Friday, November 8, 2013

I Am Unanimous In That

I recently had an internet-based discussion (OK, it was Reddit) about (of all things) old British sitcoms. Like most things on the internet, it brought back a flood of awesome memories of something that used to be obscure.

It may seen odd and quaint to people now, but there once was a time in which you couldn't simply watch every single thing you wanted at any given time. That's right--if you wanted to watch a particular show, you had to look up when it was aired and then plan your life around that time. It was a silly, crazy, mixed-up world.

Anyway, for weirdos like me, Saturday night on public television was the only way to catch the very best of British comedy--Britcoms, as it were. Specifically, I would watch such classics as Are You Being Served? and Keeping Up Appearances. Occasionally I'd get to watch Red Dwarf or Fawlty Towers, depending on the time of year. (Of course,the very Canadian The Red Green Show also got thrown in there for good measure; must have been a united Commonwealth effort.)

Let's face it--these Britcoms were equally brilliant and awful. They were often sharply written and, due to low budgets, relied a lot more on plot and dialogue and not flashy effects or movie star cameos. They often were able to be more daring in their approach to comedy in many ways and were often easily able to wring a fantastic amount of talent out of their actors and actresses.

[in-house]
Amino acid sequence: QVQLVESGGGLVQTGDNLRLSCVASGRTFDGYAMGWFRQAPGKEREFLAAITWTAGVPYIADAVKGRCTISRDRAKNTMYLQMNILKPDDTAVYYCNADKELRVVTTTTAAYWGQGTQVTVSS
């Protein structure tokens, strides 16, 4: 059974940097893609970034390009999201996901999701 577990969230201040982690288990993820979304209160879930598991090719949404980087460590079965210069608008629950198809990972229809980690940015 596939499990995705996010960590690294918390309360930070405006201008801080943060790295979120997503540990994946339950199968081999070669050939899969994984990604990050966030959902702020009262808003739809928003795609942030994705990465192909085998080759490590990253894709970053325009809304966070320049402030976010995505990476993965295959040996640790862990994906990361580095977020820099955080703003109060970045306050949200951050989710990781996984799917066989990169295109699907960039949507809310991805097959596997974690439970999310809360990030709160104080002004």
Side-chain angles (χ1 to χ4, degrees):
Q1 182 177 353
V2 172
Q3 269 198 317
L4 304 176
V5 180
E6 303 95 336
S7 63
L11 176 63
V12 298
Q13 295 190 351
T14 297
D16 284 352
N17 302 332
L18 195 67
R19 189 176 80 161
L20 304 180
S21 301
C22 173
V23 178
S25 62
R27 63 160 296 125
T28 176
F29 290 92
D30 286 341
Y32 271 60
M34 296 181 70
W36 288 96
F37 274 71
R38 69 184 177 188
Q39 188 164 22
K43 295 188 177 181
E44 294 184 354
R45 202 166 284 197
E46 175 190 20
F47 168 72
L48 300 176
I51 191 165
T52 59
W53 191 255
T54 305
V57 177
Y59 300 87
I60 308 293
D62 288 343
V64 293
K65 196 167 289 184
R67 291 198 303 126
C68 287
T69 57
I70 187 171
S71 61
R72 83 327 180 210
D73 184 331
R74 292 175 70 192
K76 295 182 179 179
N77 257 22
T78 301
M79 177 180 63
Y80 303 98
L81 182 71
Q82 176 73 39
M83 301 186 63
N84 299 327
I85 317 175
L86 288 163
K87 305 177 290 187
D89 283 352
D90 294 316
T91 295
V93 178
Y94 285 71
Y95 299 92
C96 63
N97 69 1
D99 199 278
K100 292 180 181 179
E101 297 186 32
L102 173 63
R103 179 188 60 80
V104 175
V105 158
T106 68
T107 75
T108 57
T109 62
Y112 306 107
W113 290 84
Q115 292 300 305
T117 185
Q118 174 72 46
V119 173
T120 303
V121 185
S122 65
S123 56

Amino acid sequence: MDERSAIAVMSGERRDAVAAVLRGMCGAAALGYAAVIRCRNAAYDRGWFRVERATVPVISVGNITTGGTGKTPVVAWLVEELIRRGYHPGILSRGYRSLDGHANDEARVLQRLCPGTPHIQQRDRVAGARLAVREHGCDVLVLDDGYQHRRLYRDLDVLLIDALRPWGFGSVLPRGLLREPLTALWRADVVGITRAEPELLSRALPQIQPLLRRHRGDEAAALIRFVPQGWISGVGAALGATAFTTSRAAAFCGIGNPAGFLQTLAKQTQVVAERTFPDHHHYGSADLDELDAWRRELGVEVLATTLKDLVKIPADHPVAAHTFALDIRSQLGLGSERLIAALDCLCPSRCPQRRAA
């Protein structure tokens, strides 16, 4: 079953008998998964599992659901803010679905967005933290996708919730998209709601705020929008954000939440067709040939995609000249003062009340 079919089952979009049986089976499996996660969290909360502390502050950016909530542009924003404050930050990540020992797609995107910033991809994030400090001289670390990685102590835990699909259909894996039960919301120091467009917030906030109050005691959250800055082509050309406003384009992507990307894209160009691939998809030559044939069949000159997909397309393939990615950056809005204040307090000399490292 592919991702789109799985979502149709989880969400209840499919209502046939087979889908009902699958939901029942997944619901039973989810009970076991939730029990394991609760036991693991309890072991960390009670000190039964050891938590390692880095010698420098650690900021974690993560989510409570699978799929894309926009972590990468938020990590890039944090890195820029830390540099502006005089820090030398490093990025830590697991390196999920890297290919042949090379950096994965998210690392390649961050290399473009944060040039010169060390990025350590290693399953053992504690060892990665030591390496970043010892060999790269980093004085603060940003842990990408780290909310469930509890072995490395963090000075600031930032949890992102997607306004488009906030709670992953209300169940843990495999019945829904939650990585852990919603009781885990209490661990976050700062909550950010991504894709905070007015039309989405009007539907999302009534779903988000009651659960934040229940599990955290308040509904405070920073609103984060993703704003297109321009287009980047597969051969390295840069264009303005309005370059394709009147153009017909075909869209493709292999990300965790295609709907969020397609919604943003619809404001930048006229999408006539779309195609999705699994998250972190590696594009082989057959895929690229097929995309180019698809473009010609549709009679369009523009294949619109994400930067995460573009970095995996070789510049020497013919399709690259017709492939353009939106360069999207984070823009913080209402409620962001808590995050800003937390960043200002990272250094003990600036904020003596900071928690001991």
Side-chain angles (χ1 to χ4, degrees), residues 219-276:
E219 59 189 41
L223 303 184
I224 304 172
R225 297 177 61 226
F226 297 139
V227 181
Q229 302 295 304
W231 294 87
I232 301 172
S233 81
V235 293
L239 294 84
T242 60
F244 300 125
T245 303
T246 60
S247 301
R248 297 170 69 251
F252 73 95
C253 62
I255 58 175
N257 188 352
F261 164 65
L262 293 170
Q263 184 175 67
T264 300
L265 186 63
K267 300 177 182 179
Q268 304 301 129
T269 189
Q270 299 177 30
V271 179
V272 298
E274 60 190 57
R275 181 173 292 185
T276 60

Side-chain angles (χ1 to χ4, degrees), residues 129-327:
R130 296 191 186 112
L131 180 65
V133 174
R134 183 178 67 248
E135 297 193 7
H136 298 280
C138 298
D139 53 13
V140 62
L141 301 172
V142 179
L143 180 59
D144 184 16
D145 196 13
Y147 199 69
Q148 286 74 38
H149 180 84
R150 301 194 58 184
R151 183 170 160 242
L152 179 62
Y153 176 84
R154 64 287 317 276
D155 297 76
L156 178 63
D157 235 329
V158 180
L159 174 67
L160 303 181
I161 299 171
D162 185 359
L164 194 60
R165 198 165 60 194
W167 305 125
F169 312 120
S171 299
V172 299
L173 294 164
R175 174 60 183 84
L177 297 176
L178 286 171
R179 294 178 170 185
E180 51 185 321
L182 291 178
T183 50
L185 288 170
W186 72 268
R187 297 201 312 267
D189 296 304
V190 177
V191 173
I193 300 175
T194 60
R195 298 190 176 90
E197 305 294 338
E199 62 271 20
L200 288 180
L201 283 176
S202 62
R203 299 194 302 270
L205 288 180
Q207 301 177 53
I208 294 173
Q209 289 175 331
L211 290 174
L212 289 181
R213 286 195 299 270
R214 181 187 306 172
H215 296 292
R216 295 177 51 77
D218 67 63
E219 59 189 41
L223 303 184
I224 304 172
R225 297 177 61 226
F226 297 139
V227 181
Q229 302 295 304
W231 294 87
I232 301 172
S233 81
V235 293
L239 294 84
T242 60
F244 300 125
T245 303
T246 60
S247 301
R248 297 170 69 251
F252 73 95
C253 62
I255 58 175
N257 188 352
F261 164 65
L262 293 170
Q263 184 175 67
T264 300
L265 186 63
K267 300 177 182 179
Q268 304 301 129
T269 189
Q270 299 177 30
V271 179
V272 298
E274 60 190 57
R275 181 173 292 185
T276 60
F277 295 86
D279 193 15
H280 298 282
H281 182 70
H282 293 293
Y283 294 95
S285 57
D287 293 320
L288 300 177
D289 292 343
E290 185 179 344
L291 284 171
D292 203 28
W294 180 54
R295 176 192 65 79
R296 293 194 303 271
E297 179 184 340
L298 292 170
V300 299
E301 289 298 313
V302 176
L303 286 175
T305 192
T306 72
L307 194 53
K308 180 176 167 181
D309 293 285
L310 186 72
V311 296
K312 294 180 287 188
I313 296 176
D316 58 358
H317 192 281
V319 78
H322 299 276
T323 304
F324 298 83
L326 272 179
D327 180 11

That said, these shows also relied a lot on repetition and formula. This could be occasionally funny but often maddeningly annoying. Simply repeating a catchphrase doesn't make good comedy, but Britcoms often treated it as the pinnacle of clever wordplay. Having, say, Hyacinth get scared of the dog in the car at Onslow's place every. single. episode was mildly funny once, stupid the next two dozen times, and then the payoff the one time they change it up, while genuinely funny, wasn't worth the cost. And while the writers couldn't get huge salaries, relied on basement-dollar production values, and were limited in the format, they more than made up for it by dripping entire series with blatant sexual innuendo. Fun, to be sure, but it was often jarring when put in the context of their otherwise brilliant writing.

The good news for fans is that many of these series hold up well. Sure, some of them look pretty cheap, but so do a lot of old US sitcoms. And some of them have eye-rollingly bad ideas (is the staff at Grace Brothers putting on yet another show for absolutely no reason?) peppered in their shows. And, of course, one can always complain about how they managed to squeeze out so few episodes a year, at least compared to US sitcoms.

I mean, yeah, I know, quality over quantity and all that, but they weren't that good, and getting only six episodes a season often left the audience unsatisfied and wanting a lot more. Mrs. Slocombe's pussy, I assure you, would agree.

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